Facebook Twitter

Legal scholar Jennifer Collins elected Rhodes College president

A women with blonde hair poses for a portrait in front of two large rows of columns. She is reading a bright red blouse with black trim.

Legal scholar Jennifer Collins will become the next president of Rhodes College. Collins, dean of the law school at Southern Methodist University in Dallas, has been praised for her efforts to increase campus diversity.

Courtesy of Rhodes College

Jennifer Collins, dean of the law school at Southern Methodist University in Dallas, will serve as the next president of Rhodes College in Memphis. Search committee Chair Cary Fowler announced the president-elect during a press conference Monday morning. Collins starts in July, succeeding Interim President Carroll Stevens who served this school year following the departure of President Marjorie Hass. Hass left this summer to head the Council of Independent Colleges.

In making the announcement, Fowler lauded President-elect Collins for her work on behalf of the LBGTQ community and efforts to increase campus diversity, her thoughtfulness on tough topics, and her management skills which led to new initiatives for the SMU law school and a fundraising record for the program, he said.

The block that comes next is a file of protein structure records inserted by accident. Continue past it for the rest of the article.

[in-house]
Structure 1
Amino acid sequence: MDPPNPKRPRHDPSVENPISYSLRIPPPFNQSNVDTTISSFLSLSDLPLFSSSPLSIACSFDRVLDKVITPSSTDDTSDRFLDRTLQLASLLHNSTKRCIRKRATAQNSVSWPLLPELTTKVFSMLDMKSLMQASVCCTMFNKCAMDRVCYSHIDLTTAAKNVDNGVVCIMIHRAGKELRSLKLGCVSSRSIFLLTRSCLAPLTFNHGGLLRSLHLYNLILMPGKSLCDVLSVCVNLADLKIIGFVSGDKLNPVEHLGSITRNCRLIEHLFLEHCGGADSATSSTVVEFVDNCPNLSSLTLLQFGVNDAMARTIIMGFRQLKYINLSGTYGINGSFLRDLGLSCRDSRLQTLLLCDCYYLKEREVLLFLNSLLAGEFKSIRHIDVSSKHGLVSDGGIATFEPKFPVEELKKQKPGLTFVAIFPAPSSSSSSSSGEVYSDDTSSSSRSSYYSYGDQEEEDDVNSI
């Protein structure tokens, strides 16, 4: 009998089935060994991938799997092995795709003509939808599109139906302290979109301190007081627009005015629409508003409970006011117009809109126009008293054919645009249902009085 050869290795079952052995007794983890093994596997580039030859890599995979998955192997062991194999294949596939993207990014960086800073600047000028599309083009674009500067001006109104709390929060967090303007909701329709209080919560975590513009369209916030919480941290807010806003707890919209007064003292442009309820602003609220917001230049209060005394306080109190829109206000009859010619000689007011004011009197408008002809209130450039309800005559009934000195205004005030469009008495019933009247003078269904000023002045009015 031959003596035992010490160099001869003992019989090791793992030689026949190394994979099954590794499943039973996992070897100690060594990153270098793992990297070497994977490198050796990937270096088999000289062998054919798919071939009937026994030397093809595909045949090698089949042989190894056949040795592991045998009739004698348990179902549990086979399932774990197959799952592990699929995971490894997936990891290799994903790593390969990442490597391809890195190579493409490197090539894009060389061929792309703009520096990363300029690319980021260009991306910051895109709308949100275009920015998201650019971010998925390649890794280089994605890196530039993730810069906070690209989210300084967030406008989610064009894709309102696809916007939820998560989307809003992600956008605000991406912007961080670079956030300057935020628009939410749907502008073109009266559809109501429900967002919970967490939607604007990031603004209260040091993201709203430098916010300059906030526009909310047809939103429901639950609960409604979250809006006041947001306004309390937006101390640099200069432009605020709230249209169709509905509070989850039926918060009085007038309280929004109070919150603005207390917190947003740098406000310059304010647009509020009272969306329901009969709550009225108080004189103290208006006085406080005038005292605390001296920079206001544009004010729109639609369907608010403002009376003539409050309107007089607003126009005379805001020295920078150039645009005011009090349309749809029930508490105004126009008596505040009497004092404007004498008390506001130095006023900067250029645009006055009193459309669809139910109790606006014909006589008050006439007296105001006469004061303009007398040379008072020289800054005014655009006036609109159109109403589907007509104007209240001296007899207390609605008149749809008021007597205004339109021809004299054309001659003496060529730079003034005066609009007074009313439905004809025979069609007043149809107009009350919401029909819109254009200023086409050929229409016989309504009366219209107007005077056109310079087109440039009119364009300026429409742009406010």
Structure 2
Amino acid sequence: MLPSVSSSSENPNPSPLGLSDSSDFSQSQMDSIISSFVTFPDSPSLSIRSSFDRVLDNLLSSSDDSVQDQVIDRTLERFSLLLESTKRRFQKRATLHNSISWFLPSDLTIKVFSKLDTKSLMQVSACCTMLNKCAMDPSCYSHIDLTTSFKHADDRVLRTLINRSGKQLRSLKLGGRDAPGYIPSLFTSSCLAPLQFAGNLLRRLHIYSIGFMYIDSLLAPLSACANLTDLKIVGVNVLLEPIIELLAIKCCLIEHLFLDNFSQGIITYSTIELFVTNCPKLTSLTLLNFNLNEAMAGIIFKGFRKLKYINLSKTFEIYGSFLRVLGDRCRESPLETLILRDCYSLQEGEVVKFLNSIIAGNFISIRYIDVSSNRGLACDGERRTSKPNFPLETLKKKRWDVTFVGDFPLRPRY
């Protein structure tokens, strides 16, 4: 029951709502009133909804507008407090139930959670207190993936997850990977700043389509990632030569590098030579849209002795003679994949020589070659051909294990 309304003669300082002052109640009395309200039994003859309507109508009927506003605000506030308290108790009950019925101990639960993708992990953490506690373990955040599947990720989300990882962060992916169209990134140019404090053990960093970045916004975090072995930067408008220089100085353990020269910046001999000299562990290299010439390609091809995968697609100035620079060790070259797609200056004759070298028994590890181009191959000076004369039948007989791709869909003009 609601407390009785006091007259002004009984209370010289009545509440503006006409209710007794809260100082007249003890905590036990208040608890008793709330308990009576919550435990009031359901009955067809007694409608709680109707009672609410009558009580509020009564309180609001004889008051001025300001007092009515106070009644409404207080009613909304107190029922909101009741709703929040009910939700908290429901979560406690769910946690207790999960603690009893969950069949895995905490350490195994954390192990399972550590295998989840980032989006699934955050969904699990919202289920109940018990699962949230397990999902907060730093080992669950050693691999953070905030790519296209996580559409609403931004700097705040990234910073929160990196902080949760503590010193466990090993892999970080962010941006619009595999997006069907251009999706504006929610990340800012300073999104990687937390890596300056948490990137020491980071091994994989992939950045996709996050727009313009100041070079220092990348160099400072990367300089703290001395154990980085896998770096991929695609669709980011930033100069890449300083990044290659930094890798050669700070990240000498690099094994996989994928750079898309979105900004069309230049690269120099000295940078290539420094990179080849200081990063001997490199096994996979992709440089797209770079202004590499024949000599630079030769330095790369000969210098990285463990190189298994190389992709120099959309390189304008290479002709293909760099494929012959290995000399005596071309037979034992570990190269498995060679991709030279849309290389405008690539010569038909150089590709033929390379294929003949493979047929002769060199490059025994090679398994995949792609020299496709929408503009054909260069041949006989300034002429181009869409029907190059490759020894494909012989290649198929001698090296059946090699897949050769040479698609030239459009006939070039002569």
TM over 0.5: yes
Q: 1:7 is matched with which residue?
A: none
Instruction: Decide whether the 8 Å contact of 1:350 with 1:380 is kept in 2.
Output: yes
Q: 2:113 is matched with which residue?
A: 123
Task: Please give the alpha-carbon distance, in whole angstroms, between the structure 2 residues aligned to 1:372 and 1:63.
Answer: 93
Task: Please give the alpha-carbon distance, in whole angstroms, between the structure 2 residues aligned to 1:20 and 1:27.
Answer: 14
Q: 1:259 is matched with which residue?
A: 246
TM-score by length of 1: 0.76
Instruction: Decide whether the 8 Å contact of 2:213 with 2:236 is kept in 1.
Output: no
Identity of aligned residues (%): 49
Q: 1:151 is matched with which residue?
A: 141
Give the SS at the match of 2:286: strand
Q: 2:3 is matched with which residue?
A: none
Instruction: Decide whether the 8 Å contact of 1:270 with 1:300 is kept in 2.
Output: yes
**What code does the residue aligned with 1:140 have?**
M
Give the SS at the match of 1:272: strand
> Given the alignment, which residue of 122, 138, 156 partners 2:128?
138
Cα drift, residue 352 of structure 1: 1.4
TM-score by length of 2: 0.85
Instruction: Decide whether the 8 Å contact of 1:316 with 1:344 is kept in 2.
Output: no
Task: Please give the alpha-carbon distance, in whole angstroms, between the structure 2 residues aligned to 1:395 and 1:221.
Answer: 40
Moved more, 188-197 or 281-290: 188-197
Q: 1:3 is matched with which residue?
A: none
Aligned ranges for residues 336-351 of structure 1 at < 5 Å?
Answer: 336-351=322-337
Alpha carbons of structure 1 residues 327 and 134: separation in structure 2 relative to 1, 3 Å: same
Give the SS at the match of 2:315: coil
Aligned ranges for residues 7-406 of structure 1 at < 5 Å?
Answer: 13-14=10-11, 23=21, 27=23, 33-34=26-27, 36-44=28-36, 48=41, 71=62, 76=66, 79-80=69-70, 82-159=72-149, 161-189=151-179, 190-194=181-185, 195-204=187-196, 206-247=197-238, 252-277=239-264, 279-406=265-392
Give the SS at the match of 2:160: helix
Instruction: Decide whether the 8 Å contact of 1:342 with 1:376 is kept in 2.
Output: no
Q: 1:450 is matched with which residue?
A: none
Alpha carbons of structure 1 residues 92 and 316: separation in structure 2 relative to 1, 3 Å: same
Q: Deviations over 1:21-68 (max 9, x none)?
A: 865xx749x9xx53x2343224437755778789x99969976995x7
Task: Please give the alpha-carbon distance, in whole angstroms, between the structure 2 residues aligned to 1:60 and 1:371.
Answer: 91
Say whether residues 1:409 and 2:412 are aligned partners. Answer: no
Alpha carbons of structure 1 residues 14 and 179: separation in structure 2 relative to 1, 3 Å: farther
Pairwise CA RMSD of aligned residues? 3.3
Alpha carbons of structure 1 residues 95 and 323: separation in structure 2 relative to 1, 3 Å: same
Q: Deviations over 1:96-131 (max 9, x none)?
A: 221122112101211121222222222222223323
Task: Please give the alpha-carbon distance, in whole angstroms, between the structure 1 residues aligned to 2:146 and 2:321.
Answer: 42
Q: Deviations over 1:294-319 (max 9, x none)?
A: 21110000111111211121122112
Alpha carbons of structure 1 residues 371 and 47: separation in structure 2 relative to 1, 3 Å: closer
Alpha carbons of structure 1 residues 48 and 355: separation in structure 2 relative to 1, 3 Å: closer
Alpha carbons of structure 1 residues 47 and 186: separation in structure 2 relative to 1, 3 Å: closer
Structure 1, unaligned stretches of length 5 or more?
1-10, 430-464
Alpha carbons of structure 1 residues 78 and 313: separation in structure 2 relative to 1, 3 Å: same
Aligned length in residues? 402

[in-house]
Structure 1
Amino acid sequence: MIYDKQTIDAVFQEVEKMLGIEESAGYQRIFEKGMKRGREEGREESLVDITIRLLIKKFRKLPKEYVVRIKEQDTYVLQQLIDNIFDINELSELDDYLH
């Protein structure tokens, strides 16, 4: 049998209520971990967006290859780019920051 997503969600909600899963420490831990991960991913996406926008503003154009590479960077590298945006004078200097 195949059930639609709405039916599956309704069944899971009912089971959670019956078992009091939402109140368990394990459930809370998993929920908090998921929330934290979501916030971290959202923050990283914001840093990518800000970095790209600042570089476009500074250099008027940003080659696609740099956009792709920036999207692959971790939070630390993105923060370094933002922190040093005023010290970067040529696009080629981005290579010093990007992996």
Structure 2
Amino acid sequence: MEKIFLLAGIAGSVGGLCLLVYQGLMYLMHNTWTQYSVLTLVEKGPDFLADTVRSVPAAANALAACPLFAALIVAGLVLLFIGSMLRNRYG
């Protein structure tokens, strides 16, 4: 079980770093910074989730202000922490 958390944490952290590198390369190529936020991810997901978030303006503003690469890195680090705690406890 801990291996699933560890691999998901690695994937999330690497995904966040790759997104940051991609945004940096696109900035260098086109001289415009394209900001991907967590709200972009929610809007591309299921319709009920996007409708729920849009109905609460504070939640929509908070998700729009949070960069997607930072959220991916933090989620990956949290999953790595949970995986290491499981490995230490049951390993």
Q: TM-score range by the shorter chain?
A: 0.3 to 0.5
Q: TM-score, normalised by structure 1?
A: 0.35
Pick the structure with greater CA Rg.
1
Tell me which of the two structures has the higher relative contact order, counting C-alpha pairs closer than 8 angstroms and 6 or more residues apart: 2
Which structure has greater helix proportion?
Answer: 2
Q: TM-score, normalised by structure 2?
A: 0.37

The opening for the Rhodes presidency drew more than 100 applicants, and Fowler called it one of the strongest pools he’s ever seen. During Collin’s interview, Fowler said he wrote the following notes: “Articulate. Empathetic. Relatable. Good listener. Substance over style. Decisive. Unflappable. No sharp edges. Has everything. Rings true. Shares our values.”

Collins received her bachelor’s degree in history from Yale University and her law degree from Harvard University, and has served on the faculty at Wake Forest University. The legal scholar who also served as assistant U.S. attorney in the U.S. Attorney’s Office for the District of Columbia, admitted that she has a lot to learn about Memphis.

“I promise you that I will approach this role with a firm commitment to listen and learn, to respect your culture and values,” she said, “and to work collaboratively transparently and joyfully with all the people who make Rhodes so special.”

Charles McKinney, chair of Africana Studies at Rhodes, said that he was not involved in the search, but he is pleased with the selection because Collins seems like a good fit.

“I’m encouraged by the credentials she brings to her new job. From an initial glance at her record at SMU, she understands that the road to actual diversity and equity is paved with something more substantive than press releases and task force reports,” he said. “She seems well prepared to help Rhodes move forward with boldness and clarity. I hope this will be the case.”

The Latest
Nearly half of the district’s schools also earn individual Level 5 marks, a sign of recovery from pandemic
College president’s mockery of teacher training won’t necessarily dash hopes to bring charters to the state
Even with Memphis-Shelby County Schools’ superintendent on leave, district leaders say they’re focused on supporting students and continuing academic growth
Over 100,000 Memphis-Shelby County Schools students and 6,000 teachers will return to classrooms on Monday. But the superintendent remains on leave.
Local governments in Nashville and Memphis failed to show that an injunction was warranted, the judges ruled